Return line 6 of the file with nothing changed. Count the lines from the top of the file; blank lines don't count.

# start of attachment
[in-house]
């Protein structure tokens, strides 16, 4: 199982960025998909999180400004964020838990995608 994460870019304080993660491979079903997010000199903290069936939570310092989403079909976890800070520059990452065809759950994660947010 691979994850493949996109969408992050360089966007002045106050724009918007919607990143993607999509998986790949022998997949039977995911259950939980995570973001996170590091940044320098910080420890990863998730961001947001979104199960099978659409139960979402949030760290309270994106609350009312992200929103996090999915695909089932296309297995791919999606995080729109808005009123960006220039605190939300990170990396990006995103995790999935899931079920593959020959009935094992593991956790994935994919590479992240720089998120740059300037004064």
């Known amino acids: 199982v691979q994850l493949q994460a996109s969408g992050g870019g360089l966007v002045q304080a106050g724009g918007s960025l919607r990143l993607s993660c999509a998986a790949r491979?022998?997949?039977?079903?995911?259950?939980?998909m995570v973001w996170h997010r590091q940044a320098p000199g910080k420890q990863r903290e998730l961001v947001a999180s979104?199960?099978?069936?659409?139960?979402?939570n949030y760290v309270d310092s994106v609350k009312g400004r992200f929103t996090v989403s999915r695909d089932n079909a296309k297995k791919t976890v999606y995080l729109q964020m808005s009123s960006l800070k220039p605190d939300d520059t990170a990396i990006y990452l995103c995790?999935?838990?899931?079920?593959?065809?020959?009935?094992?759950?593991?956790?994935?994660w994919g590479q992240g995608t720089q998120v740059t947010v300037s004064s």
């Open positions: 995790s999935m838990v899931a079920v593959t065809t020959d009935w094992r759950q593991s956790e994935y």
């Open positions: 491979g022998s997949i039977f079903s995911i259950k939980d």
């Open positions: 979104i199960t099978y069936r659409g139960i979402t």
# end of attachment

């Open positions: 979104i199960t099978y069936r659409g139960i979402t």